Opinion

Keep it neutral

Jinoy Jose P | Updated on December 21, 2017 Published on December 29, 2014

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Service providers should treat all network traffic equally

Even though Bharti Airtel has tentatively rolled back its plan to introduce exorbitantly high rates for internet-based calls, the debate on whether internet providers can tamper with net neutrality rages on. Net neutrality means web service providers should treat all traffic on their networks equally; they must not block or slow down access to any website or content to benefit their own services. Most companies try to follow it, and most regulators make sure companies do. In November, US President Barack Obama said, “An open internet is essential to the US economy, and increasingly to our very way of life.” He even asked the Federal Communications Commission to ensure that phone and cable companies will not act as a gatekeeper, restricting “what you can do or see online”.

That’s exactly what Airtel did when it announced that it would charge higher rates to services based on Voice over Internet Protocol (VoIP). This includes video calls over Skype and covers chat services on apps such as Viber or WhatsApp. The move triggered protests and activists say Airtel wants to protect its long-distance voice-call services and the vanishing SMS segment. Granted, services such as Skype have made long-distance calls cheaper and easier, while chat services such as WhatsApp have made the practice of SMS-ing virtually nonexistent, but that doesn’t mean you torpedo them at the consumer’s expense.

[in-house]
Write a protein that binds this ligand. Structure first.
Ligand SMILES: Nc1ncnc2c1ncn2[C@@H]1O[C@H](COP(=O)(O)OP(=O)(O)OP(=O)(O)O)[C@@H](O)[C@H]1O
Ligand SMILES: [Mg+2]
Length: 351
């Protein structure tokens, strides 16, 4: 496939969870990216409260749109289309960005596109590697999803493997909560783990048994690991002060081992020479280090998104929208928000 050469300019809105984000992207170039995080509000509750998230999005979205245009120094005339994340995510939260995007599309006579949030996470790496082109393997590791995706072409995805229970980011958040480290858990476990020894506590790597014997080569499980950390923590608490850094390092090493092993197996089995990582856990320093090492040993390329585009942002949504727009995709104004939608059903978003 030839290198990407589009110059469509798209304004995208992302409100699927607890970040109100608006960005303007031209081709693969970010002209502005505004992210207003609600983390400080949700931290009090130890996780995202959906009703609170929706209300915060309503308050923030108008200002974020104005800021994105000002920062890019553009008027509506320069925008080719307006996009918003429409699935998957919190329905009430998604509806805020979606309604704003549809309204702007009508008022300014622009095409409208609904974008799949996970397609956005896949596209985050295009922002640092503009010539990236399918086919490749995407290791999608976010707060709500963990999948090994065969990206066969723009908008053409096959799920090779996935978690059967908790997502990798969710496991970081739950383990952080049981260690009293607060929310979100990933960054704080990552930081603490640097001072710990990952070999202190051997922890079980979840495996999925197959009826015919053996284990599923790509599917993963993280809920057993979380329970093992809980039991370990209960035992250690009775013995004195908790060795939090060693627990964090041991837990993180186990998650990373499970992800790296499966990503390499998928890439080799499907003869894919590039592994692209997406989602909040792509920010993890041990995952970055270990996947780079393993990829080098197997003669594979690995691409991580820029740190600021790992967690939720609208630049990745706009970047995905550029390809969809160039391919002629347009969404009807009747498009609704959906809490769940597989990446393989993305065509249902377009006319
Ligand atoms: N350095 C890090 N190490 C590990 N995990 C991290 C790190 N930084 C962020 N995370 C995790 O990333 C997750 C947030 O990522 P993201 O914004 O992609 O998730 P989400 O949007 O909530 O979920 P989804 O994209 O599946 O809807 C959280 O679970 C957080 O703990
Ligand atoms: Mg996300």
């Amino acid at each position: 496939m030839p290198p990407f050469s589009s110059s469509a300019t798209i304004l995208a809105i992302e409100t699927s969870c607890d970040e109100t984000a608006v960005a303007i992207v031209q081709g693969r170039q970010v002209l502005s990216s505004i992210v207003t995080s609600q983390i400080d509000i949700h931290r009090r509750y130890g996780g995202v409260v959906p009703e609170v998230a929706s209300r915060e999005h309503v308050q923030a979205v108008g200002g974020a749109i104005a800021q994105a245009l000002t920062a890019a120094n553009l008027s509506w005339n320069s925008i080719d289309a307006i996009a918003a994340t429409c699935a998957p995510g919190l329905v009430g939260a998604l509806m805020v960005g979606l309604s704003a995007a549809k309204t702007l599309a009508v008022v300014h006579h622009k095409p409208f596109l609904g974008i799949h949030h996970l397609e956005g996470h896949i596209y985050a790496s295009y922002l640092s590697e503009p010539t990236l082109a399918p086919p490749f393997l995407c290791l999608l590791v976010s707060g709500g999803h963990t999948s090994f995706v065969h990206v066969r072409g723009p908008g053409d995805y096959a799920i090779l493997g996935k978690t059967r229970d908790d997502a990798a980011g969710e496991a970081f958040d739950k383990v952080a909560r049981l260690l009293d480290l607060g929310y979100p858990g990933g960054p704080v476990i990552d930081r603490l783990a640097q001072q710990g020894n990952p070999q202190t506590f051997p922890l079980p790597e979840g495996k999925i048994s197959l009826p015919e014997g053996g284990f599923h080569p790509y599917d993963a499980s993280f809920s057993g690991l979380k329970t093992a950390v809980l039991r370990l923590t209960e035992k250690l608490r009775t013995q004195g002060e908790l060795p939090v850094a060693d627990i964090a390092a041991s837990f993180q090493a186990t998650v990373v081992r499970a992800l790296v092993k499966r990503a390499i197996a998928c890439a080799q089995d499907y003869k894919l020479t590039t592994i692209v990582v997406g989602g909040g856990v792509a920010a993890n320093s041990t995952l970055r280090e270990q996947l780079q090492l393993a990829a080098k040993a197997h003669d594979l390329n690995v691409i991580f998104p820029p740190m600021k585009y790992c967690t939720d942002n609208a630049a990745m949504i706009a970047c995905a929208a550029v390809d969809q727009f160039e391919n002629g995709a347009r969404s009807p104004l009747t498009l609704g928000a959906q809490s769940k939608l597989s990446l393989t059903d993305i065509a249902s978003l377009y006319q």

One of the most interesting aspects of the free market is that disruptive, cost-effective and competent technologies or services will edge out outdated and emaciated services. In an era when high-speed video and audio content has the potential to transform the way people work, shop, live and teach, the move to charge higher rates for such traffic is anachronistic. The sooner internet services providers such as Airtel understand this, the better. And what telecom regulator Trai and the government should do immediately is to frame new rules to ensure companies do not undermine the principle of net neutrality.

Assistant Editor

Published on December 29, 2014
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